Introduction: How to Make the 4th Doctor's Sonic Screw Driver

Picture of How to Make the 4th Doctor's Sonic Screw Driver

I've been too busy this year to come up with a new Halloween costume, so I'm revamping (regenerating?) my 4th Doctor costume.

In the past, I've used the 11th Doctor's screwdriver (gasp!) and thought it was time to make the costume more accurate by making Tom Baker's sonic.

This instructable will be covering the 3D modeling (for 3d printing) and another bonus step of turning the base from aluminum using the CAD drawing.

Step 1: CAD Step 1: Drawing the Contour for Revolving

Picture of CAD Step 1: Drawing the Contour for Revolving

In this instructable will be using Fusion 360 to model the sonic screwdriver.

First, we will create a new document and import an attached canvas using a reference photo. Once that canvas is placed. We can right click the canvas in the browser and choose "calibrate". Then we will be selecting two points that we know the distance (186mm from an educated guess). This step scales your canvas up to the correct size, in order to accurately trace it.

Now that the canvas is properly sized. We will create a new sketch on the same plane as the canvas. From there, start tracing out all of the geometry from the center of the canvas. Small details can be replicated by drawing one, then using the rectangular pattern function.

After half of the sonic has been drawn, exit the sketch, then choose revolve with that sketch selected as the profile. This completes part one of the sonic.

Step 2: CAD Step 2: Modeling an Attachment for the Top Piece

Picture of CAD Step 2: Modeling an Attachment for the Top Piece

In order for this to print with the best surface finish, I've decided to break the top part away from the base. This also allows me to attach it to an aluminum base that I'll be creating later.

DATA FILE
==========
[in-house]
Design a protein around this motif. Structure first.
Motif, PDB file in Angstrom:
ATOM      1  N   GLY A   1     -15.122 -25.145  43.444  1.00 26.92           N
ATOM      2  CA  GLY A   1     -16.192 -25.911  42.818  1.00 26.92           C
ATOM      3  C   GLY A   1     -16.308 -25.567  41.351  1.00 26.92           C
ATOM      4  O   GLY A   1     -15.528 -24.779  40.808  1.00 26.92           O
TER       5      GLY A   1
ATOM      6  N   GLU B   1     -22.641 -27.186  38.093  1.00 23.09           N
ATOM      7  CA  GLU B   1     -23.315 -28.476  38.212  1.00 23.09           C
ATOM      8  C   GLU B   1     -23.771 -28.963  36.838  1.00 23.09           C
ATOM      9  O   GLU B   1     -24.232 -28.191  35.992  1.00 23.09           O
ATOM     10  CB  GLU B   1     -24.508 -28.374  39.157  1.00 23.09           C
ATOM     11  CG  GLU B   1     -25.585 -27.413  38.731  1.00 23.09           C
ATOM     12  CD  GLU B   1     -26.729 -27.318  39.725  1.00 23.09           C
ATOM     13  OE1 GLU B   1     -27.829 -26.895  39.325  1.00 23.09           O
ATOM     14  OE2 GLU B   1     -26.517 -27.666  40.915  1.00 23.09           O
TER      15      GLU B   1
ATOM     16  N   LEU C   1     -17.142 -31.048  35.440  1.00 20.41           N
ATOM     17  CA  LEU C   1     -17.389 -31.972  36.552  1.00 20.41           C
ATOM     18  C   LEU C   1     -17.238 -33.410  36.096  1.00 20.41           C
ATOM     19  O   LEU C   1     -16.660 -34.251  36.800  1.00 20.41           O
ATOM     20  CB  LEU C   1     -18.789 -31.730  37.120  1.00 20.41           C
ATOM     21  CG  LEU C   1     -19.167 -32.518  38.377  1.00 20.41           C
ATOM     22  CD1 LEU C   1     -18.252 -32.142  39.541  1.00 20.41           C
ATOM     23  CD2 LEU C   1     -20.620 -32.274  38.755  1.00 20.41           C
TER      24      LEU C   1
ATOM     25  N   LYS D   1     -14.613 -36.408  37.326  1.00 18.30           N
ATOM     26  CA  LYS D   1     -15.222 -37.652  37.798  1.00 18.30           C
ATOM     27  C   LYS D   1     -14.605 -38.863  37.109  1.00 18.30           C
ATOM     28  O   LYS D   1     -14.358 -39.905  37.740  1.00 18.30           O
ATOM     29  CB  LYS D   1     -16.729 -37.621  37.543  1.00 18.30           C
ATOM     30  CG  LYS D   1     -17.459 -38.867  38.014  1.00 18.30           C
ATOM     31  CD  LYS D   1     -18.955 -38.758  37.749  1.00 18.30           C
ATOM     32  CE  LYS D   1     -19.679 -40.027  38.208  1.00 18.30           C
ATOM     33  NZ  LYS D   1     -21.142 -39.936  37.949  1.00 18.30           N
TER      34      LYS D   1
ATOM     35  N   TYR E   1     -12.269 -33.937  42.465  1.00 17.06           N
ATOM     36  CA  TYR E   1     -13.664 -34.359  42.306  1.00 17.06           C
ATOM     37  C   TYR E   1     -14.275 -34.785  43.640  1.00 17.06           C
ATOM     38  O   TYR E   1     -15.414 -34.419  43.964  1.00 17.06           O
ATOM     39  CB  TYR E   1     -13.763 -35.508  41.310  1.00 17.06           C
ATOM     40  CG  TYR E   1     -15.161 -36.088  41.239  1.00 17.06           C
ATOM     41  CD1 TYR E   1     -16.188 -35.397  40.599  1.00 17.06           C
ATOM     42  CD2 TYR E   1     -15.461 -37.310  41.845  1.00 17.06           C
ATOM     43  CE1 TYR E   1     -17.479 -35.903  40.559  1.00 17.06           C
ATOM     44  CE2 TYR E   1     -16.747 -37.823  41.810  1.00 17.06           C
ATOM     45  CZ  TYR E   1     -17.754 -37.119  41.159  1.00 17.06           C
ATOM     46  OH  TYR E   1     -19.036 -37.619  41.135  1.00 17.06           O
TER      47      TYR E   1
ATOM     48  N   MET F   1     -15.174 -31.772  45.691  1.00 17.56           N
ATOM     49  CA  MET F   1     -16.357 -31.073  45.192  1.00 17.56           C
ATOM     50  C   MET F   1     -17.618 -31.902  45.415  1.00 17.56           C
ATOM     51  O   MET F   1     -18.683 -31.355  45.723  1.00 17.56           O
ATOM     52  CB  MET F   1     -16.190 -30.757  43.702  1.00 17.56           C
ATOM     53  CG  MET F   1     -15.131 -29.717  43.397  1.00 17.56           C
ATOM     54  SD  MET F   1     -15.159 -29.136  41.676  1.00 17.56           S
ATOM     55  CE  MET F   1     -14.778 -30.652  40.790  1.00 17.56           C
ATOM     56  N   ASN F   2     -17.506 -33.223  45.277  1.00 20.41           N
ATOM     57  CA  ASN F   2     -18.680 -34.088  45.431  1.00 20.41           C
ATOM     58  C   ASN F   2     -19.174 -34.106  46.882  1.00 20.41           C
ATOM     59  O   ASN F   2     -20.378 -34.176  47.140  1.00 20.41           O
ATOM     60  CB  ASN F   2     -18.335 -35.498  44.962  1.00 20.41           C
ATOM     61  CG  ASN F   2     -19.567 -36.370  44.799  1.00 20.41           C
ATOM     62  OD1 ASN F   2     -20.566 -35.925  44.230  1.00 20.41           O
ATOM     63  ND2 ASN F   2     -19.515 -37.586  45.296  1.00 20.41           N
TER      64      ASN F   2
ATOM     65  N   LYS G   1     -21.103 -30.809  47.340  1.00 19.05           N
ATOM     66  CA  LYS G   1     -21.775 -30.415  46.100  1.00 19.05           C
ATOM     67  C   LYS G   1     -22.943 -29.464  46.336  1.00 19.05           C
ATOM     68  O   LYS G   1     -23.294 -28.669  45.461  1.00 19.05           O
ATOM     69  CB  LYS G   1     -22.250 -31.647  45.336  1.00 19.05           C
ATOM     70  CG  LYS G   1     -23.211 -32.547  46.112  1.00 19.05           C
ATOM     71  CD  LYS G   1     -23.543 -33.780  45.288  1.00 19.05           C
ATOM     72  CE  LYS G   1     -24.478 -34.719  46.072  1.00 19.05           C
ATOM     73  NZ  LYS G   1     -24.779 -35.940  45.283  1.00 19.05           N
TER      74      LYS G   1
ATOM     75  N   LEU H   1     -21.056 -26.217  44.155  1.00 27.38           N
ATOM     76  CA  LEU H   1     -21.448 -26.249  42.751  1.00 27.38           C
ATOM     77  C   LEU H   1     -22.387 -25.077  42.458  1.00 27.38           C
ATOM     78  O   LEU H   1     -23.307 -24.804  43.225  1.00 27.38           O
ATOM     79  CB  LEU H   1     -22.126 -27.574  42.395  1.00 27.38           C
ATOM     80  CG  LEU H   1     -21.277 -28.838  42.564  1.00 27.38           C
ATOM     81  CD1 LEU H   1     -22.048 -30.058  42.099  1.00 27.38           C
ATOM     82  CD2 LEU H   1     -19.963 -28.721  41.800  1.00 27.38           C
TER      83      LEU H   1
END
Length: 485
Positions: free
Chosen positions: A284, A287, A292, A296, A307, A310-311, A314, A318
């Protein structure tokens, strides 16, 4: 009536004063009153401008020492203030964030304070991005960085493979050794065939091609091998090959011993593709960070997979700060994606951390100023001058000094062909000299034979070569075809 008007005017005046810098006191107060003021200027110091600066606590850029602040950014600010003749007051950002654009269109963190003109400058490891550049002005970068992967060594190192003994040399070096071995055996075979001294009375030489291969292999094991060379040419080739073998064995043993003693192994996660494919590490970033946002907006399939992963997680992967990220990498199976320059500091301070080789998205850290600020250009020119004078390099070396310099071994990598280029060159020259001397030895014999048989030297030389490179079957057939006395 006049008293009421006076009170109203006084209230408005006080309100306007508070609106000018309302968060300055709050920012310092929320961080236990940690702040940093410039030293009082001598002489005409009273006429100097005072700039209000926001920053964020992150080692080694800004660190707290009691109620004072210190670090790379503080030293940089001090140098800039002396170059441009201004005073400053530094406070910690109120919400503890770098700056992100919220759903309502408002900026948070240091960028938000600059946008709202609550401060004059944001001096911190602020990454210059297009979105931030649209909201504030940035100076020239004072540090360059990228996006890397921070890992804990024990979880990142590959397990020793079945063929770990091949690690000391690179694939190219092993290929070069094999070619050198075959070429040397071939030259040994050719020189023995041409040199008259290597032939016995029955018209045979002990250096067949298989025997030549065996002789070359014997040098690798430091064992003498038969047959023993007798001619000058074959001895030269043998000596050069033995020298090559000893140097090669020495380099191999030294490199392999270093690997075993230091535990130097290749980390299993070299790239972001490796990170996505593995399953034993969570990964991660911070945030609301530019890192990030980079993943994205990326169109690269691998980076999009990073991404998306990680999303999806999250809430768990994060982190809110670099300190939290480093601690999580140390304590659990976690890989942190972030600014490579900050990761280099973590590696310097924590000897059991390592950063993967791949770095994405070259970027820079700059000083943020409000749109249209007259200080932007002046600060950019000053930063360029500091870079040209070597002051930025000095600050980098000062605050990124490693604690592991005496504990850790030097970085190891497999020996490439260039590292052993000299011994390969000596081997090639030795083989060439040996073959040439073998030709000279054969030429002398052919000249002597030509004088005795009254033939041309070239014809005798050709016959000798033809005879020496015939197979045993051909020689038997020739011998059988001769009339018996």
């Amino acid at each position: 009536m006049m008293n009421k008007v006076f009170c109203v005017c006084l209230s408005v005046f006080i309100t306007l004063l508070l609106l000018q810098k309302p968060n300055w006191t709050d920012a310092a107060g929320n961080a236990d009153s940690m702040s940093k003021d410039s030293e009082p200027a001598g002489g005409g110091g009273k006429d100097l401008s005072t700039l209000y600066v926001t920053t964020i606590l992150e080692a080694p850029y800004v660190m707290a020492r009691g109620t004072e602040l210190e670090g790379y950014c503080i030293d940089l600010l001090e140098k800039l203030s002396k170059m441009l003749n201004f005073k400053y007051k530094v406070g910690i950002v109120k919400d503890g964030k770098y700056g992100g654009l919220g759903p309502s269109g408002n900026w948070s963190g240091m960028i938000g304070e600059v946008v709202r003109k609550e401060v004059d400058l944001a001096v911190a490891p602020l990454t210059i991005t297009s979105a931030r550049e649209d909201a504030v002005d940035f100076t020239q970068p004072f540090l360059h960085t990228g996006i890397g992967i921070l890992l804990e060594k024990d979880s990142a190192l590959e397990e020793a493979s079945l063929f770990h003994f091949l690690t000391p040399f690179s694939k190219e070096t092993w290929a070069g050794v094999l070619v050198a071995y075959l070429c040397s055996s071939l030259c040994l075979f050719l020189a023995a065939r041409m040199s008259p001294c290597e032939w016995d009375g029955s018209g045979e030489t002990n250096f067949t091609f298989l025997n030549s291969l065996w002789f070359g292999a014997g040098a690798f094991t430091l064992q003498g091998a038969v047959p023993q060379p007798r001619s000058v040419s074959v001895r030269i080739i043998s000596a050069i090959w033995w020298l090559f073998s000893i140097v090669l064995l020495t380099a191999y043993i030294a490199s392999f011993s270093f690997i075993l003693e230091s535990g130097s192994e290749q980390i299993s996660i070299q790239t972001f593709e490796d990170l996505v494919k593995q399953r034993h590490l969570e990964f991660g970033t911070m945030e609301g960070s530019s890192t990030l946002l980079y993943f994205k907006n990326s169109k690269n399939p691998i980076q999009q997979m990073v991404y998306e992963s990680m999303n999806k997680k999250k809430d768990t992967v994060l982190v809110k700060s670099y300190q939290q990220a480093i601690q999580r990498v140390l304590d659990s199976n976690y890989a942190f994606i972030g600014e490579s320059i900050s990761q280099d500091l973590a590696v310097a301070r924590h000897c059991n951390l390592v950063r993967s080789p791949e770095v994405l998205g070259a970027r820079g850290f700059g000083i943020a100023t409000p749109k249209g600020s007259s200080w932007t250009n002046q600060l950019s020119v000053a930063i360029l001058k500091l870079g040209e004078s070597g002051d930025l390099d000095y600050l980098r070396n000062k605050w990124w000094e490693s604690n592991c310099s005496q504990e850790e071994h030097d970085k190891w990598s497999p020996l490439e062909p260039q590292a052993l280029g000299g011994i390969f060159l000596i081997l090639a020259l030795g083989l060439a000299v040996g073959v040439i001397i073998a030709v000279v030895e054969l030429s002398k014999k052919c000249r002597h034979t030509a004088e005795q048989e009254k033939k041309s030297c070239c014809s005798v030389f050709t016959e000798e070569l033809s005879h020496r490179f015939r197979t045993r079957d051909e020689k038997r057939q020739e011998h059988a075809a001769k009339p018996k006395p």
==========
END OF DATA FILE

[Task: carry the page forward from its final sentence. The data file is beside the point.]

First, we'll create a new sketch on the top of the base piece. I'm using aluminum round stock that already has a 3/8-16 threaded hole in it, but if you are modeling this, you can choose whatever size you want.

Once in the sketch, draw a circle the size of your threading (in my case it is 3/8"). Exit the sketch and extrude that circle down into the base. Then choose "thread" and enter the size thread you want.

Now the inner thread is complete, we'll need to start drawing the top threading and start thinking about how we'll attach the rest of the top components. To get an offset plane directly in the center of the base, we will first create an axis through a cylinder, then once that axis is created, choose plane at an angle. This will give us midplane inside the cylinder.

We will create a new sketch on that plane, drawing half of the contour for the threading, along with a half dome. Exit sketch and revolve this new profile (making sure that your operation is set to new body). Then we can select the bottom cylinder of that new body and add a thread to match the inner thread we created earlier.

Step 3: CAD Step 3: Finishing the Top Piece

Picture of CAD Step 3: Finishing the Top Piece

OK, things are about to get a little trickier. But stay with me, I'll help you with things that I struggled with at first.

This step is going to involve a lot of offset planes to align our sketches. First we will create a new sketch from that cylinder midplane we created before. Now we will create a new sketch on that plane, draw a 21mm circle with a 2mm offset so the bottom of the circle just barely intersects the threaded dome piece we created earlier.